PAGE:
Rejoice, bass players! With deep bass down to 5 Hz, the Sony MDRV6 is downright a loyal friend to every bassist in their practice sessions. Sony brags about its CCAW voice coil, which is a breakthrough in the world of headphones. We would recommend this pair for bassists with no hesitation.
8. Status Audio CB-1– Best Comfort
Are you aiming for a Petrucci-style 8-hour practice session without agonizing your ears? The Status Audio CB-1 is your loyal friend, where long sessions are concerned!
This pair features a closed-back construction, thus offering excellent noise isolation, which guarantees no sound leakage or any distracting noise whatsoever. It supports a narrower 15 Hz to 30 kHz frequency range. That’s the reason why the bass response is a little bit off here.
I wouldn’t have included this pair on our list if not for the 50mm drivers, which add depth to the bass notes. The mids sound warmer than they should be, and the highs are bright. Don’t worry if the bass range is a tad clumsy since this pair boasts decent stereo imaging, which is responsible for mixing low, mid, and high frequencies.
Rated at 32 ohms, the impedance level is the golden standard for a guitar amp. This pair is better reserved for audiophile use rather than advanced studio tasks.
Now to the key feature: comfort. This pair’s ergonomics is meant for added comfort. The over-the-ear design ensures that your ears are entirely encompassed for extra isolation. It features a padded, adjustable headband. The earpads are overstuffed with memory foam to reduce ear fatigue.
The box includes two 9-foot detachable cables, coiled and straight, and a ¼” screw-on adapter. The detachable cables support a custom locking mechanism that prevents them from accidental detaching.
If you’re a bass-head, you probably won’t like the bass range here because of the 15 Hz to 30 kHz frequency response.
- Comfortable for long sessions
- Noise isolation
- 50mm drivers
- Excellent stereo imaging
- 2 detachable cables w/ twist lock
- Mediocre bass response
With a warm tone and good ergonomics, the Status Audio CB-1 is a pinnacle of comfort. This pair will be your loyal companion as you progress further in your practice sessions. Although the bass range might not please some guitarists, the stereo imaging will provide a reasonable frequency mix.
9. Philips X2/27 Fidelio– Best High-Fidelity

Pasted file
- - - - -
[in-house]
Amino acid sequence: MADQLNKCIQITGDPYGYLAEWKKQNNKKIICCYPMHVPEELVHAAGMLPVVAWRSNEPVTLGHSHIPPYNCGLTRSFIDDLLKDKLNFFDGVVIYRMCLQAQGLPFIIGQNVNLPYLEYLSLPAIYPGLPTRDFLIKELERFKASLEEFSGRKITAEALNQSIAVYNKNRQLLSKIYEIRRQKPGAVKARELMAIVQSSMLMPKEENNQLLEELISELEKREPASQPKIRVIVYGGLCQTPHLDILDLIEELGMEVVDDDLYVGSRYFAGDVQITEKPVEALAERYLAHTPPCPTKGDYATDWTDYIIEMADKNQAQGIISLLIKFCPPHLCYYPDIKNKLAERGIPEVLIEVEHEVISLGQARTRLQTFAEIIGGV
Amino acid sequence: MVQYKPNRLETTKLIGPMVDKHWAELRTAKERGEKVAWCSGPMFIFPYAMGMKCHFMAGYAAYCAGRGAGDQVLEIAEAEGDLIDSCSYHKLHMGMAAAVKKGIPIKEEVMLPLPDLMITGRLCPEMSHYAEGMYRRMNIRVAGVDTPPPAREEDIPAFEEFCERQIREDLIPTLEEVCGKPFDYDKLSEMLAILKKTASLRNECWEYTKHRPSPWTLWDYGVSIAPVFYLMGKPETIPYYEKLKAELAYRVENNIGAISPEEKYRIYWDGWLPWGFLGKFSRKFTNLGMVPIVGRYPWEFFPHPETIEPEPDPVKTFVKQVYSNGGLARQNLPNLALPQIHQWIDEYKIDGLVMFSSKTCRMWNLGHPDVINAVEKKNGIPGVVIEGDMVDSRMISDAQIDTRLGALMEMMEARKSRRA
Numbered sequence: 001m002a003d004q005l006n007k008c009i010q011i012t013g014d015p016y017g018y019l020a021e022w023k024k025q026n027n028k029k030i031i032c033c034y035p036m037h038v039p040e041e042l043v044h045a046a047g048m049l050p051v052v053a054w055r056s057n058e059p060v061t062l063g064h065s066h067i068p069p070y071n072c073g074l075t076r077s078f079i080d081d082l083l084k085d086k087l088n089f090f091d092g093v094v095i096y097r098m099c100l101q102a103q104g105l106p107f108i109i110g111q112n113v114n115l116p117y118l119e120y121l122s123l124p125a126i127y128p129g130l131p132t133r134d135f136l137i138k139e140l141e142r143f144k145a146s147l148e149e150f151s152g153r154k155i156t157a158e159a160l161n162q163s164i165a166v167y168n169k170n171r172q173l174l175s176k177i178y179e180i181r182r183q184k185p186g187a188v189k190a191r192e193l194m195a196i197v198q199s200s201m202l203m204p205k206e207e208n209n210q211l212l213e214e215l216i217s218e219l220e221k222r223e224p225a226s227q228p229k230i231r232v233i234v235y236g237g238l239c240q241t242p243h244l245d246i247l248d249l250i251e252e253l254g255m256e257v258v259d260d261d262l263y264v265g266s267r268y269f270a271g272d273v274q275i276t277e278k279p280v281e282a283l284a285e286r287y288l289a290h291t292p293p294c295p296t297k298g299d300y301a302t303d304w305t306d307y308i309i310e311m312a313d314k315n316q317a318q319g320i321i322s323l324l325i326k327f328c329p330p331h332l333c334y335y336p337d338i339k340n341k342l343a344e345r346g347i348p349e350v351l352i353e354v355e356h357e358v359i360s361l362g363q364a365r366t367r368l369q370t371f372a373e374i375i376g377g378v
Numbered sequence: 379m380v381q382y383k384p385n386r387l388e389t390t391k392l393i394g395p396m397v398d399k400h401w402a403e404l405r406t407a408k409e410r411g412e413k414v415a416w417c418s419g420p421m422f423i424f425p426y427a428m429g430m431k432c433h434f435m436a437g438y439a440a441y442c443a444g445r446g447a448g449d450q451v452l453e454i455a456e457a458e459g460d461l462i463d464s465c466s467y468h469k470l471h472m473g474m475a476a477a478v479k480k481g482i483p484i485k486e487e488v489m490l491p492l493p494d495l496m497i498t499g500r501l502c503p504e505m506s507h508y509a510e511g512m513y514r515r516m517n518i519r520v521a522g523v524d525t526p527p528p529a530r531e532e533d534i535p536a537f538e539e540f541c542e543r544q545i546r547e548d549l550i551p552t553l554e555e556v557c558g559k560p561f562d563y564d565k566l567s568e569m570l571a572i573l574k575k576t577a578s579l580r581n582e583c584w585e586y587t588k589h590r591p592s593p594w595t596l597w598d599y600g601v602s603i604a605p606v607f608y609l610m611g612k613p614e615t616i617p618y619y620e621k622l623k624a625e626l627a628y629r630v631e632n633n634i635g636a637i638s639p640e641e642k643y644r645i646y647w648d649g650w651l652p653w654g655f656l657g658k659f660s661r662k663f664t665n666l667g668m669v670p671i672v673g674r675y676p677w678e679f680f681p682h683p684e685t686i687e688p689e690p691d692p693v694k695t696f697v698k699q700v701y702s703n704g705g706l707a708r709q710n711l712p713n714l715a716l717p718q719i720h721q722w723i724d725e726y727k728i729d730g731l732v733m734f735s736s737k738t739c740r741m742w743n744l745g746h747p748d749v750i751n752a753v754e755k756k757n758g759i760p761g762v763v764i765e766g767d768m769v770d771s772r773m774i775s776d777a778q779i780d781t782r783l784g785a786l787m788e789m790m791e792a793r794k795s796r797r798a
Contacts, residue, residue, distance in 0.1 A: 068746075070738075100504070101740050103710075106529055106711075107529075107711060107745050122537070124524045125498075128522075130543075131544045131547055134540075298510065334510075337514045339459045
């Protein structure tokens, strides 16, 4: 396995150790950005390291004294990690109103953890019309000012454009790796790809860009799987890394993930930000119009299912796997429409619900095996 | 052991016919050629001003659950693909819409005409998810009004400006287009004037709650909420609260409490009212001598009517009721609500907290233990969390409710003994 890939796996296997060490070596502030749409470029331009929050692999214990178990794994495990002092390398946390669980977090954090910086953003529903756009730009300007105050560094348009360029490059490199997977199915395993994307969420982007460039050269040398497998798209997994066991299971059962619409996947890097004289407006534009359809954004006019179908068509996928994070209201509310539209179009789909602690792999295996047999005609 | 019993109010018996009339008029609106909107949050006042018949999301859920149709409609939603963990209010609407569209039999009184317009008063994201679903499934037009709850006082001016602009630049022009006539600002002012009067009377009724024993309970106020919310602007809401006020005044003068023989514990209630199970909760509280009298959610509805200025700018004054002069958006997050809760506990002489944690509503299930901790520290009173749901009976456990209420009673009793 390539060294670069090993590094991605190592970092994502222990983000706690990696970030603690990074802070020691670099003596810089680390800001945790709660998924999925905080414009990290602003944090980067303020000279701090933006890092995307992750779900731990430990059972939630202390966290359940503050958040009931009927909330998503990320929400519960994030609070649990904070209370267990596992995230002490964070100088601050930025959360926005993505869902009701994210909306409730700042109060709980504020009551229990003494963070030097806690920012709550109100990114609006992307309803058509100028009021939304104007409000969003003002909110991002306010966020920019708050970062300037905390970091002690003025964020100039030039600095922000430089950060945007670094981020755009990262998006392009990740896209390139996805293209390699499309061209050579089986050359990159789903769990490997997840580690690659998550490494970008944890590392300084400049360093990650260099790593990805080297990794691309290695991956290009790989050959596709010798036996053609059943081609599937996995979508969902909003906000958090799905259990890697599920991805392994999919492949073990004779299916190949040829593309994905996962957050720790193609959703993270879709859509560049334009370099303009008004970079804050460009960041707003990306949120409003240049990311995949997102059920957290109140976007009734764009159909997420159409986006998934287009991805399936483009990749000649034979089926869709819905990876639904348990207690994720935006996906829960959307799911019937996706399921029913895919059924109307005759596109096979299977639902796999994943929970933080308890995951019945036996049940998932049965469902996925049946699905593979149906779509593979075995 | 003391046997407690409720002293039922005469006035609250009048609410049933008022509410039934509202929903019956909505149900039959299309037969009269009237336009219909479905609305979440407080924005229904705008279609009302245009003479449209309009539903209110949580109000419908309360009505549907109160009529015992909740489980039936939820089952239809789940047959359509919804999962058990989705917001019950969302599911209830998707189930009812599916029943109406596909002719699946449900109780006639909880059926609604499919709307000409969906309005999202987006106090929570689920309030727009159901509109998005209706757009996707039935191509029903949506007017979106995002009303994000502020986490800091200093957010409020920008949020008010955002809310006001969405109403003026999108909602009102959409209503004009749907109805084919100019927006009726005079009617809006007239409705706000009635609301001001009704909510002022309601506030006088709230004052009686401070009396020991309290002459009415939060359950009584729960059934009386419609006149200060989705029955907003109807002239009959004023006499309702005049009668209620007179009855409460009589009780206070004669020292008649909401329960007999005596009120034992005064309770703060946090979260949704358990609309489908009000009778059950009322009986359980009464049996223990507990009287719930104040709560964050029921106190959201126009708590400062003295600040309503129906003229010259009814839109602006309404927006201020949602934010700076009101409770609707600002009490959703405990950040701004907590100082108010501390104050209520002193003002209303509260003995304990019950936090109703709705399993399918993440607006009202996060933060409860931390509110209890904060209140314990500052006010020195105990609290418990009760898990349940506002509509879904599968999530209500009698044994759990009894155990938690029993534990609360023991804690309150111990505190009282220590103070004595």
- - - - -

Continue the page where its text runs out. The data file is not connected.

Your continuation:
The Philips X2/27 Fidelio is the solution for guitarists who look for a Hi-Fi playback to what they’re playing on the neck.
This pair is constructed in an acoustic open-back architecture, which sacrifices isolation for a spatial Hi-Fi audio experience. It has a frequency response ranging from 5 Hz to 40 kHz, making it the only pair with the most expansive frequency range on the list. Owing to an incredibly low 5 Hz, the bass response may sound explosive.
In contrast, you get pristine highs, and the mids are calibrated enough so that they wouldn’t give off warmer tones than usual. Thanks to the 50mm neodymium drivers, the dynamic range is enhanced for better stereo imaging.
This pair comes with a high-res audio feature on board, which filters out the unwanted noise from your playback. You can think of it as the noise gate pedal on your rig.
As for impedance, it’s rated as 30 ohms, which is adequate for a guitar amp. They’re good to function as studio-gear headphones, but not for extended periods.
The over-the-ear design means larger cups that can accommodate your ears. Additionally, the earpads are stuffed with memory foam for added comfort. The pair also features a self-adjustable hammock for a snug fit.
Alongside the headphones, you get a 3m detachable oxygen-free cable, and a ⅛” to ¼” screw-on adapter.
Despite an unparalleled Hi-Fi experience, the noise isolation here is practically non-existent due to the open-back design. Furthermore, the bass response is punchier than usual.
- Great Hi-Fi experience
- Wide frequency response
- High-res audio
- Self-adjustable hammock
- Detachable cable
- No noise isolation
- Punchy bass response
Although the Philips X2/27 Fidelio doesn’t feature any noise isolation, the open-back acoustic construction allows you to hear the beauty of your playback with an excellent Hi-Fi sound. It’s either Hi-Fi or noise isolation; you can’t have both at the same time!
What to Look for When Buying a Headphone for Guitar Amp
If you’re new to the scene of amp headphones, choosing the best headphone for guitar amp may still seem daunting for you, let alone that you may be lost in the variety of the list above.
Guitarists have different endeavors: some practice solo at home for long hours, whereas other factions hit jamming rooms for studio monitoring and mastering for an adrenaline rush before a gravy gig.
We’ve decided to back you up with some information so that your buying decision becomes based on knowledge. Below, I’ll introduce you to some factors worth considering before you opt for purchasing.